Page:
Aspiration in critically ill patients frequently causes severe co-morbidity. We evaluated a diagnostic protocol using routine FEES in critically ill patients at risk to develop aspiration following extubation. We instructed intensive care unit physicians on specific risk factors for and clinical signs of aspiration following extubation in critically ill patients and offered bedside FEES for such patients. Over a 45-month period, we were called to perform 913 endoscopic examinations in 553 patients. Silent aspiration or aspiration with acute symptoms (cough or gag reflex as the bolus passed into the trachea) was detected in 69.3% of all patients. Prolonged non-oral feeding via a naso-gastric tube was initiated in 49.7% of all patients. In 13.2% of patients, a percutaneous endoscopic gastrostomy was initiated as a result of FEES findings, and in 6.3% an additional tracheotomy to prevent aspiration had to be initiated. In 59 out of 258 patients (22.9%), tracheotomies were closed, and 30.7% of all 553 patients could be managed with the immediate onset of an oral diet and compensatory treatment procedures. Additional radiological examinations were not required. FEES in critically ill patients allows for a rapid evaluation of deglutition and for the immediate initiation of symptom-related rehabilitation or for an early resumption of oral feeding.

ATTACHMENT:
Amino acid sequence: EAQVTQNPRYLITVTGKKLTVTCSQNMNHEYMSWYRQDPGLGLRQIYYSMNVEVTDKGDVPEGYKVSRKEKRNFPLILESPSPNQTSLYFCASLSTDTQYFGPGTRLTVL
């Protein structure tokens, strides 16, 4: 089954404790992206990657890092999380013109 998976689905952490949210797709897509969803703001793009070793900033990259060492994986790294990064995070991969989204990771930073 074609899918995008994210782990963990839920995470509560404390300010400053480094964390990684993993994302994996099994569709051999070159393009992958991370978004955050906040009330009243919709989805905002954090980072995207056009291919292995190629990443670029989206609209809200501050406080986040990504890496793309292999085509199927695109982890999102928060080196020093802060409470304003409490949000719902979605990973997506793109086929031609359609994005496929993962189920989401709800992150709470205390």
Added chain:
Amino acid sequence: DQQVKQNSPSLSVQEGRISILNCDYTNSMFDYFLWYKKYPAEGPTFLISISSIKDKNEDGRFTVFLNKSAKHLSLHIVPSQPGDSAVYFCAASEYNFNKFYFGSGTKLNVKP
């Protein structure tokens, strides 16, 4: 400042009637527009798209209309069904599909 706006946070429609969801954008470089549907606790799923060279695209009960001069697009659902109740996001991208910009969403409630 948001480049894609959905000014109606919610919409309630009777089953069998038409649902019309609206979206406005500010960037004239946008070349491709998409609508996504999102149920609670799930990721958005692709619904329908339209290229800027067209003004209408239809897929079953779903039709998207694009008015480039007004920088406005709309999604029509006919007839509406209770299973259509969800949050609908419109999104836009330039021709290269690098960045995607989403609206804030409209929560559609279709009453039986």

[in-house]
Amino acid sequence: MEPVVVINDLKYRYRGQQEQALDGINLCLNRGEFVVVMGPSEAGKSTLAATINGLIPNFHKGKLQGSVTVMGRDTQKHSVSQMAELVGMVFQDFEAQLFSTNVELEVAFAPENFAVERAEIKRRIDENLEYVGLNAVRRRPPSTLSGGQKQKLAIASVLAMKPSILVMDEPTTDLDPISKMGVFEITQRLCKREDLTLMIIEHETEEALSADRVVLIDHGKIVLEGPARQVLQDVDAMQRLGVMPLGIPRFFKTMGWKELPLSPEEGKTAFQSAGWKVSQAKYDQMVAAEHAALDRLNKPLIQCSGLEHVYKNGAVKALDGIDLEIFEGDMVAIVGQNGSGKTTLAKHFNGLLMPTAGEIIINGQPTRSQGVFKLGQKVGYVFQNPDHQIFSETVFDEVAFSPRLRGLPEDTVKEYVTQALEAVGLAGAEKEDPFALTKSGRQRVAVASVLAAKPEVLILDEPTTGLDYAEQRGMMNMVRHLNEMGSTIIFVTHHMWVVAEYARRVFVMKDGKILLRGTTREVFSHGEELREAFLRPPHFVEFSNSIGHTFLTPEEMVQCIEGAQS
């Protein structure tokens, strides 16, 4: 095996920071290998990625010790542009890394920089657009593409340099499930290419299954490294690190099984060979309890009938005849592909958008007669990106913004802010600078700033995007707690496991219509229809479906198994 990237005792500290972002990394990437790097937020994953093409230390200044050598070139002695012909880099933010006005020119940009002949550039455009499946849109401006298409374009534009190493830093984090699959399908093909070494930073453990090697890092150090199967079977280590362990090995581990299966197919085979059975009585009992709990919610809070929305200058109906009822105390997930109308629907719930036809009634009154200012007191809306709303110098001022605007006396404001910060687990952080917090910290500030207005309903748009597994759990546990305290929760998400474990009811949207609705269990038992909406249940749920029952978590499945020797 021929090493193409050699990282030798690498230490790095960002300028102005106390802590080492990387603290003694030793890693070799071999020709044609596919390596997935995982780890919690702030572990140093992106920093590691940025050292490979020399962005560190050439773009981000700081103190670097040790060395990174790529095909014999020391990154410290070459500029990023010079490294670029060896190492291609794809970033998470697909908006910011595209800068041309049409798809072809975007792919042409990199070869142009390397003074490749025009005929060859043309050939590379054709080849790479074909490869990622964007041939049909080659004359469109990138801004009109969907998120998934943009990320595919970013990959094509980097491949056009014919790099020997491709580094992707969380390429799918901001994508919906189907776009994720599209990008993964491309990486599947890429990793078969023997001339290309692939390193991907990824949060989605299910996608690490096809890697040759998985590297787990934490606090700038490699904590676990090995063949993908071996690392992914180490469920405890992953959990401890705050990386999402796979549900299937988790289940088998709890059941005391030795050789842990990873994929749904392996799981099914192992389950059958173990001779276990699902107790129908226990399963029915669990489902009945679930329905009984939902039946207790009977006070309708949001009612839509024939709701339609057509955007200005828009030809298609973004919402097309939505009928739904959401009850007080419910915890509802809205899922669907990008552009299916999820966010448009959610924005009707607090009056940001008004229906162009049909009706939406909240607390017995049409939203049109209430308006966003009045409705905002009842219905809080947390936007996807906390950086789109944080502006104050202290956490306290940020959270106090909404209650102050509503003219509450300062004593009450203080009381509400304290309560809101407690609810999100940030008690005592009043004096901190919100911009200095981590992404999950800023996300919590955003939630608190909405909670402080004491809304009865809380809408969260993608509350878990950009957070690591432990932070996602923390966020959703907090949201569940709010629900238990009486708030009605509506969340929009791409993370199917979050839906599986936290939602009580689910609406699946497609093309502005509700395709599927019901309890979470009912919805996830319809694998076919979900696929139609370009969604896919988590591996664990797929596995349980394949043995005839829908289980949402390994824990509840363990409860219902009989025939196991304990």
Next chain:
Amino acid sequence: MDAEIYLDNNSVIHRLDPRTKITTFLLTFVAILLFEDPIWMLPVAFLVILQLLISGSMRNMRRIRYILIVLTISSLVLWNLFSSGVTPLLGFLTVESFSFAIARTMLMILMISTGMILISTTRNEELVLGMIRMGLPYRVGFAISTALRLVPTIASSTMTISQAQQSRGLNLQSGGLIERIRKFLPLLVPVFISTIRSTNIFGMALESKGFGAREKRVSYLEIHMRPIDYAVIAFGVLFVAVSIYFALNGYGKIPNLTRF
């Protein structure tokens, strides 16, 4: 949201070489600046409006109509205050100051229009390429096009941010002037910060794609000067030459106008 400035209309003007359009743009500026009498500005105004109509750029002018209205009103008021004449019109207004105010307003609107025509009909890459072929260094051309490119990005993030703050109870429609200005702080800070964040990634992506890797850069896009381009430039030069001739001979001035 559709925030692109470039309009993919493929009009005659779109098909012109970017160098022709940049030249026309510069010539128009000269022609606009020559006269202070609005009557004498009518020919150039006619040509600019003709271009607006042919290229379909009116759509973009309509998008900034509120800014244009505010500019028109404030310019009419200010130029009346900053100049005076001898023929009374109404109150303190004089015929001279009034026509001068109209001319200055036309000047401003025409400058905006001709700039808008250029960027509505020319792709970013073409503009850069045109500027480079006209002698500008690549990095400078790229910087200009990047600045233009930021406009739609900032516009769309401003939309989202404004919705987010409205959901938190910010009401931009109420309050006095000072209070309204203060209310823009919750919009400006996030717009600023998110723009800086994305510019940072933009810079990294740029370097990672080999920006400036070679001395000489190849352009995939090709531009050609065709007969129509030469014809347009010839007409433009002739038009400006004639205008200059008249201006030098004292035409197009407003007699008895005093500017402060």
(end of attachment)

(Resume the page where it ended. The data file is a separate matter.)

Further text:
Keywords Aspiration – Deglutition – Swallowing – Dysphagia – Tracheotomy – Rehabilitation – Endoscopy – Laryngology